Boris Johnson claims he wants to be as granular as possible

On Tuesday in the House of Commons the Government was being asked questions about the provision of the three tier approach as we were due to come out of national lockdown yesterday (Wednesday). One of the first questions came from the MP for Workington, Mark Jenkinson. His question will have resonate with a significant number of people inside and outside of Parliament. The answer brought out the reference to granulation and so it is very clear that Johnson wants to act in a way that will treat our nation in a granular way. Given the image of England shown here it would appear that his efforts at the current time is anything other than being granular. So what will it take to ensure that our future arrangement which I have heard from one local MP will be reviewed in a week or so’s time will look as though granulation has been applied.

MJ: My constituency sits entirely within the Borough of Allerdale, where our rates have declined to just over 70 per 100,000, and we are due to enter tier 2 restrictions. Will the Prime Minister commit to a more local tiering system, so that the hard work of my constituents is rewarded?

BJ: Yes, indeed. This is a point that many of my hon. and right hon. Friends have made to me and to the Government with great force and eloquence over the past few days. We want to be as granular as possible as we go forward to reflect the reality and the human geography of the epidemic, and we shall be so.

So the next person to ask a question was Tan Dhesi who is the Labour MP for Slough which is an area that did not get included on a number of maps but apart from Kent and the area around Bristol, Slough appears to be the only part of the Southern part of England in tier 3. In one sense this does appear to demonstrate that one small granulation has appeared across the whole of the nation as the rest appear to be blocks with the exception of the Isle of Wight. In his response to the Slough question Johnson goes on a bit further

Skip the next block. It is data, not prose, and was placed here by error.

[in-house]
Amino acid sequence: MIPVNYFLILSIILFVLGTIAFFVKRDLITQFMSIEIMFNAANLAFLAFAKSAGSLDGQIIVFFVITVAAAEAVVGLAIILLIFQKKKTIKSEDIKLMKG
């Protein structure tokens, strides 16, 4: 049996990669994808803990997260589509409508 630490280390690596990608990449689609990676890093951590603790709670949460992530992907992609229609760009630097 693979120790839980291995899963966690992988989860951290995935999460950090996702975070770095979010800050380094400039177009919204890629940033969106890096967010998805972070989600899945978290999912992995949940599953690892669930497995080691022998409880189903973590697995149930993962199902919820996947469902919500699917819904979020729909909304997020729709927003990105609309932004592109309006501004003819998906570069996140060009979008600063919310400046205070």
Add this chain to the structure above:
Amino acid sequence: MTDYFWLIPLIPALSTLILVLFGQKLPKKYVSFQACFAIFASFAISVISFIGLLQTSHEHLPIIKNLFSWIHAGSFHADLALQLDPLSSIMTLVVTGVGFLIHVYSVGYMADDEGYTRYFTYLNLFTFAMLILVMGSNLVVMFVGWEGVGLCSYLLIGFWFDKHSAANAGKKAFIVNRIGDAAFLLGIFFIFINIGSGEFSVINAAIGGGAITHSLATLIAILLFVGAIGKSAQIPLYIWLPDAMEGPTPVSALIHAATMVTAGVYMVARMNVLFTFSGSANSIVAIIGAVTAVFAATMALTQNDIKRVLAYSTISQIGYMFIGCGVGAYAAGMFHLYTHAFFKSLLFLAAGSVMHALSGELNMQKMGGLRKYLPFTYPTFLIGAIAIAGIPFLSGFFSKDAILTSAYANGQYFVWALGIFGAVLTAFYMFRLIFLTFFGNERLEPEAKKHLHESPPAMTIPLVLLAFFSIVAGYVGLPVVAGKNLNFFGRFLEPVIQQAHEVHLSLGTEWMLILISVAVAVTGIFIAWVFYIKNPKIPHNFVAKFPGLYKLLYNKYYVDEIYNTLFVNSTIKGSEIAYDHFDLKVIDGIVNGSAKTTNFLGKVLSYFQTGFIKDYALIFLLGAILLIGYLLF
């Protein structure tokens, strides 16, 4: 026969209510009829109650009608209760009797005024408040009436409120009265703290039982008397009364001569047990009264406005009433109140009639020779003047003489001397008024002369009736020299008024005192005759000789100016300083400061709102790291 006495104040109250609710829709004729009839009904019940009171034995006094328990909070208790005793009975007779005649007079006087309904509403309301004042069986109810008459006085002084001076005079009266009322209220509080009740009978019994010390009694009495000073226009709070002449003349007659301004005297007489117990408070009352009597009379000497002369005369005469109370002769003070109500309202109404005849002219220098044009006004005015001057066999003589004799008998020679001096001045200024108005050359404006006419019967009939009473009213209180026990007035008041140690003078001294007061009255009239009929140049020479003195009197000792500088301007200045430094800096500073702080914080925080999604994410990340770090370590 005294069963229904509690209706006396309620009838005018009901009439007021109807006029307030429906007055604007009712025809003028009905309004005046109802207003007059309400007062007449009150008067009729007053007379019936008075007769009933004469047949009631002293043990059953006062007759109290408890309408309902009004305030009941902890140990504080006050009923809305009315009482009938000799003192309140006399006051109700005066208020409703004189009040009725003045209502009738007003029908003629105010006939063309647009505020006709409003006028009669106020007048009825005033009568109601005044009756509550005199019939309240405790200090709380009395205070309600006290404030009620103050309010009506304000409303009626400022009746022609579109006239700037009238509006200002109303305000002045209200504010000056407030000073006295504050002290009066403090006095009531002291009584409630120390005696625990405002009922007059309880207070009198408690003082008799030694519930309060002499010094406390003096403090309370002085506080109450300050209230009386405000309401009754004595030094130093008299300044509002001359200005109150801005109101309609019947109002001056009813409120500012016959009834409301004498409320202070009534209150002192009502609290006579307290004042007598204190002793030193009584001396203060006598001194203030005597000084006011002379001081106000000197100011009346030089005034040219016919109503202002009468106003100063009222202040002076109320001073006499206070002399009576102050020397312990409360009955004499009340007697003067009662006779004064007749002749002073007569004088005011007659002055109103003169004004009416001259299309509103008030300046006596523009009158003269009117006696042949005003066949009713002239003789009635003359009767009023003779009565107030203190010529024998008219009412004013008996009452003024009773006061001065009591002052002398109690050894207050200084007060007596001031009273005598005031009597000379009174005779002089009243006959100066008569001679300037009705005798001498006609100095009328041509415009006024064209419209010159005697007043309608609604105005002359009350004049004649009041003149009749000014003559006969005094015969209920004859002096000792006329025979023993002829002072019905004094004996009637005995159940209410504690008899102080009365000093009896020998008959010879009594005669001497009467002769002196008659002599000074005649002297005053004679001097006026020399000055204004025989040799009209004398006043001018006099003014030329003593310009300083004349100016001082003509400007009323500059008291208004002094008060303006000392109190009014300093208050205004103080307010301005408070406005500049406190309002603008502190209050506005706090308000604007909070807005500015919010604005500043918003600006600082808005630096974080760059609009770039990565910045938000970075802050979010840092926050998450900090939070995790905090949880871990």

BJ: I want to repeat the answer that I gave to my hon. Friend Mark Jenkinson, which is that, as we go forward—I mean this very sincerely —the Government will look at how we can reflect as closely as possible the reality of what is happening on the ground for local people, looking at the incidence of the disease, looking at the human geography and spread of the pandemic, and, indeed, looking at the progress that areas are making in getting the virus down. We will try to be as sensitive as possible to local effort and to local achievement in bringing the pandemic under control.

Then we get a challenge from Edward Leigh who points out that his edge of one of the blocks of tier 3 is a classic example. No doubt other people in parts of Kent or parts of the North West block would want to say the same.

EL: In the week up to 25 November, Market Rasen ward had six cases and is to go to tier 3; East Ham ward in London had 40 cases in that week and is to go into tier 2. What I want from my right hon. Friend is an absolute personal commitment that he and his right hon. Friend the Secretary of State for Health and Social Care will look personally at the case of Lincolnshire and do their level best to get us out of tier 3 by Christmas.

The response from Johnson explained about the periods to be used for the next few months regarding tier approaches.

BJ: Indeed, I can certainly give my right hon. Friend that assurance: we will look in as much granular detail as we can at the incidence throughout the country. These points have been made with great power by Members from all parties. We will review the allocation of tiers every 14 days, starting on 16 December.

Indeed the next person to challenge Johnson is Greg Clark referring to Tunbridge Wells. So then we get a response from a Labour MP who is referring to Chesterfield and the response from the Prime Minister appears to be calling for help from their party.

BJ: I do think it is extraordinary that in spite of the barrage of criticism that we have, we have no credible plan from the Labour party. Indeed, we have no view on the way ahead. 

So let us hope that Labour will be invited along with local groups of MPs to help clarify what the granularity will look like for the next set of tiers to be announced ahead of the 16th December.

About ianchisnall

I am passionate about the need for public policies to be made accessible to everyone, especially those who want to improve the wellbeing of their communities. I am particularly interested in issues related to crime and policing as well as health services and strategic planning.
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